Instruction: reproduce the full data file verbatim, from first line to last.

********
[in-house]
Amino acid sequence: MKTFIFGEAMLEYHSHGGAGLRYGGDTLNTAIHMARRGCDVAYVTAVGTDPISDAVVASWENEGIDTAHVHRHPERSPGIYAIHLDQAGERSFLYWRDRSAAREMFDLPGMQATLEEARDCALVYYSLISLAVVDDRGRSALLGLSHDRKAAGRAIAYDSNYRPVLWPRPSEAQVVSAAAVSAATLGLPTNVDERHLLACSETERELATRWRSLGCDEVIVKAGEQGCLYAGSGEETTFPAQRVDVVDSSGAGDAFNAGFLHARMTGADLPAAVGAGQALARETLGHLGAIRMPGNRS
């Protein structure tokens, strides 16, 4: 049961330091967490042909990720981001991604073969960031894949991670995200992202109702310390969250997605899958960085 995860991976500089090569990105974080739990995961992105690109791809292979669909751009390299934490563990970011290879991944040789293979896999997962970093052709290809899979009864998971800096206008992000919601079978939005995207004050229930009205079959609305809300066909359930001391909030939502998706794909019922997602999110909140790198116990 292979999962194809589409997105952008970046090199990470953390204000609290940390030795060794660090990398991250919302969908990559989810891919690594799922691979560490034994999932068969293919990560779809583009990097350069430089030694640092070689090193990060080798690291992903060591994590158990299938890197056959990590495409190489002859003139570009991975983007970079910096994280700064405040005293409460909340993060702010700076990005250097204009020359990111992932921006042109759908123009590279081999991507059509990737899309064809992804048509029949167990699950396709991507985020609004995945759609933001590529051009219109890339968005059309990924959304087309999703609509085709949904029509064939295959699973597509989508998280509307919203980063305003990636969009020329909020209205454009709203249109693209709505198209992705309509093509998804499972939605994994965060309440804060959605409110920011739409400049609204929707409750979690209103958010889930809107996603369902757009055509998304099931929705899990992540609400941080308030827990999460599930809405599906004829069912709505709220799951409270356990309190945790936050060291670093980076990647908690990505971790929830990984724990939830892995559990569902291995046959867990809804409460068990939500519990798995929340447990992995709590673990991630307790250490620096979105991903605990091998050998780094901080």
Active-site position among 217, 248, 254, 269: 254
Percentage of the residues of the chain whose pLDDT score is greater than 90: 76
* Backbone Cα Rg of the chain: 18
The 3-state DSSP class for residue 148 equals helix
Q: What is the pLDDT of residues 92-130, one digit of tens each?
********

[in-house]
Amino acid sequence: MKTFIFGEAMLEYHSHGGAGLRYGGDTLNTAIHMARRGCDVAYVTAVGTDPISDAVVASWENEGIDTAHVHRHPERSPGIYAIHLDQAGERSFLYWRDRSAAREMFDLPGMQATLEEARDCALVYYSLISLAVVDDRGRSALLGLSHDRKAAGRAIAYDSNYRPVLWPRPSEAQVVSAAAVSAATLGLPTNVDERHLLACSETERELATRWRSLGCDEVIVKAGEQGCLYAGSGEETTFPAQRVDVVDSSGAGDAFNAGFLHARMTGADLPAAVGAGQALARETLGHLGAIRMPGNRS
């Protein structure tokens, strides 16, 4: 049961330091967490042909990720981001991604073969960031894949991670995200992202109702310390969250997605899958960085 995860991976500089090569990105974080739990995961992105690109791809292979669909751009390299934490563990970011290879991944040789293979896999997962970093052709290809899979009864998971800096206008992000919601079978939005995207004050229930009205079959609305809300066909359930001391909030939502998706794909019922997602999110909140790198116990 292979999962194809589409997105952008970046090199990470953390204000609290940390030795060794660090990398991250919302969908990559989810891919690594799922691979560490034994999932068969293919990560779809583009990097350069430089030694640092070689090193990060080798690291992903060591994590158990299938890197056959990590495409190489002859003139570009991975983007970079910096994280700064405040005293409460909340993060702010700076990005250097204009020359990111992932921006042109759908123009590279081999991507059509990737899309064809992804048509029949167990699950396709991507985020609004995945759609933001590529051009219109890339968005059309990924959304087309999703609509085709949904029509064939295959699973597509989508998280509307919203980063305003990636969009020329909020209205454009709203249109693209709505198209992705309509093509998804499972939605994994965060309440804060959605409110920011739409400049609204929707409750979690209103958010889930809107996603369902757009055509998304099931929705899990992540609400941080308030827990999460599930809405599906004829069912709505709220799951409270356990309190945790936050060291670093980076990647908690990505971790929830990984724990939830892995559990569902291995046959867990809804409460068990939500519990798995929340447990992995709590673990991630307790250490620096979105991903605990091998050998780094901080």
Active-site position among 217, 248, 254, 269: 254
Percentage of the residues of the chain whose pLDDT score is greater than 90: 76
* Backbone Cα Rg of the chain: 18
The 3-state DSSP class for residue 148 equals helix
Q: What is the pLDDT of residues 92-130, one digit of tens each?